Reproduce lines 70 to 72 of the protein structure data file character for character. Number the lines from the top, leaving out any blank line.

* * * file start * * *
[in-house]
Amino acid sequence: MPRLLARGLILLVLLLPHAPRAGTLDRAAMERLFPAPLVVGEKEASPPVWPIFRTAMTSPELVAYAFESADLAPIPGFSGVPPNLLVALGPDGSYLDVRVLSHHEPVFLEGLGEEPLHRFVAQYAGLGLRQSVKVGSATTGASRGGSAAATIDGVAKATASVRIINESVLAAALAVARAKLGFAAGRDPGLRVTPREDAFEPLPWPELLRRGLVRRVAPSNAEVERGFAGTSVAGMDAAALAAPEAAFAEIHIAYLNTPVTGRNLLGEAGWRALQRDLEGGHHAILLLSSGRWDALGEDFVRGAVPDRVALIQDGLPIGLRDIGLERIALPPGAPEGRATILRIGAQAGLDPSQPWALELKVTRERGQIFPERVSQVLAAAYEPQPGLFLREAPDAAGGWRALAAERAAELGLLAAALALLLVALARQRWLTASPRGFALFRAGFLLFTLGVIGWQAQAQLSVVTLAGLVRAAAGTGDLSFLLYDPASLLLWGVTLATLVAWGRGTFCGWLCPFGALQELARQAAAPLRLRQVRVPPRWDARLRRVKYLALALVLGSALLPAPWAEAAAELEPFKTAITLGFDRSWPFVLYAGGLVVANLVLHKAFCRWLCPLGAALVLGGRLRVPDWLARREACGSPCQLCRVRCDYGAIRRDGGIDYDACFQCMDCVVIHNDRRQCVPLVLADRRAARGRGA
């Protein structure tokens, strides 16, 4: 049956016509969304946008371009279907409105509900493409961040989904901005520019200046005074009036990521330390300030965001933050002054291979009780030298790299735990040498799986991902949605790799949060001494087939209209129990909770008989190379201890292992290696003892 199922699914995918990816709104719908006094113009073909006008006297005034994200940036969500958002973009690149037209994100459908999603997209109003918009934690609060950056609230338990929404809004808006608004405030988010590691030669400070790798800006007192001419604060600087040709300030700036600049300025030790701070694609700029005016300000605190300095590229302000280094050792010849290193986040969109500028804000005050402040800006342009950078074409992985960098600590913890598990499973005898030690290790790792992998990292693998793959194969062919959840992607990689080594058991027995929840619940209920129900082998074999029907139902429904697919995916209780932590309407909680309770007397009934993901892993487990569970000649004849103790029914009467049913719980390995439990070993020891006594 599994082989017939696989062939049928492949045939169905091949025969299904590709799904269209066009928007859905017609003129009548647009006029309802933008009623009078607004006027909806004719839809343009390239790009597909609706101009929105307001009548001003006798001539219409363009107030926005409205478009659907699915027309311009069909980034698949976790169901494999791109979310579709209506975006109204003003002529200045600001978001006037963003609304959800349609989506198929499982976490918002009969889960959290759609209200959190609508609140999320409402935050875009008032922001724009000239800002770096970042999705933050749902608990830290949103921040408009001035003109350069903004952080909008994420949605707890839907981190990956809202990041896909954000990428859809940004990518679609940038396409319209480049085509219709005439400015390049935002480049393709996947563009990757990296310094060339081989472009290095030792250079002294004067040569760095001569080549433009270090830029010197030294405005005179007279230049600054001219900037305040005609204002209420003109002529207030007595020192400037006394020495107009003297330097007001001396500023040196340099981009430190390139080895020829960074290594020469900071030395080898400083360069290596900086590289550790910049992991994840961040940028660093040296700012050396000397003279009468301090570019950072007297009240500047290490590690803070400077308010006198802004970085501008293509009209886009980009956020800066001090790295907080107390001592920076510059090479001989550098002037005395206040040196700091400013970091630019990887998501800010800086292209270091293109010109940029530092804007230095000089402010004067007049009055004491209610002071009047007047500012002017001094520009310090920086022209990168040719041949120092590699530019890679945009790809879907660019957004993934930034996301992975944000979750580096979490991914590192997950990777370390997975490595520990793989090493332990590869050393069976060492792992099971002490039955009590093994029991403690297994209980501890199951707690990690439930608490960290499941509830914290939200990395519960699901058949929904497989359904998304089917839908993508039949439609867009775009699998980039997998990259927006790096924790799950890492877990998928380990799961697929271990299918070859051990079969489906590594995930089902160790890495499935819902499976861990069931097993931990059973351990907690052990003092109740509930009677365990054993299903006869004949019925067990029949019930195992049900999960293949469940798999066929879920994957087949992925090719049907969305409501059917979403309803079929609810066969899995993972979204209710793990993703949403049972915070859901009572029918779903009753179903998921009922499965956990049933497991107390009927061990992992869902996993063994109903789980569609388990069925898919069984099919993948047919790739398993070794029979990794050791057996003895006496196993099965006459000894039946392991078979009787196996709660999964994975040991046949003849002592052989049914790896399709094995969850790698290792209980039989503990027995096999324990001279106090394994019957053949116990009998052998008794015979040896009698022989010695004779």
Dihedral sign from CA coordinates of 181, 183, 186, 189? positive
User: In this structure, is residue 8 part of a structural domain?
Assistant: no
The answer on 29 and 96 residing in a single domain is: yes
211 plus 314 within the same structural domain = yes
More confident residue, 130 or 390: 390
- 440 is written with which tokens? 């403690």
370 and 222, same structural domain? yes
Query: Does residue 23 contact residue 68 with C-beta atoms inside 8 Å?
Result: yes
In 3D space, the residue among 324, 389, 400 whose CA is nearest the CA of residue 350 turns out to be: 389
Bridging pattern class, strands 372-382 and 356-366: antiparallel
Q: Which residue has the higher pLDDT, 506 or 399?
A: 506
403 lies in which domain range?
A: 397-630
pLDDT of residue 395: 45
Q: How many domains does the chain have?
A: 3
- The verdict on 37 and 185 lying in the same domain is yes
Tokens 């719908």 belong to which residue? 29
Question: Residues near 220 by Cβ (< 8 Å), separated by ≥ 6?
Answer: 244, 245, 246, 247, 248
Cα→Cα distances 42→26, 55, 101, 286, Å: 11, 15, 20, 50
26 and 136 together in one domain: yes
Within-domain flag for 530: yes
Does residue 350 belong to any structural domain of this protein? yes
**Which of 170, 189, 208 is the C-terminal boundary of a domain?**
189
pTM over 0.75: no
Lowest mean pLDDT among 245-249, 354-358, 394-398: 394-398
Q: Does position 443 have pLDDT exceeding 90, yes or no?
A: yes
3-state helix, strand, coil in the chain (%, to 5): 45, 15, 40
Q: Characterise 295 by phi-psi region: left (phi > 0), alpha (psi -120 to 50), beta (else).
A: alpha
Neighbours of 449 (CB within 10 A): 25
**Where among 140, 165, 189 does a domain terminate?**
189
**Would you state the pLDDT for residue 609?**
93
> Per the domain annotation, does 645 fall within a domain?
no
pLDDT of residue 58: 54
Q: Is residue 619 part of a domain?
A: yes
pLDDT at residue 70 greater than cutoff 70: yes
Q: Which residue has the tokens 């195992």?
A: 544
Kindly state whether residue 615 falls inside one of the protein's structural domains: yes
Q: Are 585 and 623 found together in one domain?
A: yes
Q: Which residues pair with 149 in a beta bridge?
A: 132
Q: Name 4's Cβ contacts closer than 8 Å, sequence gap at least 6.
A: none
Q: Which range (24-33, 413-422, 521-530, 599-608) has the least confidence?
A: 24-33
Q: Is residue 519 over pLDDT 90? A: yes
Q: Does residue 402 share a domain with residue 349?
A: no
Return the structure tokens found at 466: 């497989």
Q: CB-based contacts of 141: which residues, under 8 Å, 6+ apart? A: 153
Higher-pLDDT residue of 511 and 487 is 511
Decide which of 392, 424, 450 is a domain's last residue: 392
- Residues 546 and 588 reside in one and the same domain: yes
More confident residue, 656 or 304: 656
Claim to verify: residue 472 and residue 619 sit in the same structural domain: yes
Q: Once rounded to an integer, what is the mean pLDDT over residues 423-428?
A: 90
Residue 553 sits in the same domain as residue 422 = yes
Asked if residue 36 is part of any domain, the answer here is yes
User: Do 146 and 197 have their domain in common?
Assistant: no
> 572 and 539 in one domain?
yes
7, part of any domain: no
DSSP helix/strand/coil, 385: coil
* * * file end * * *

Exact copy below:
More confident residue, 656 or 304: 656
Claim to verify: residue 472 and residue 619 sit in the same structural domain: yes
Q: Once rounded to an integer, what is the mean pLDDT over residues 423-428?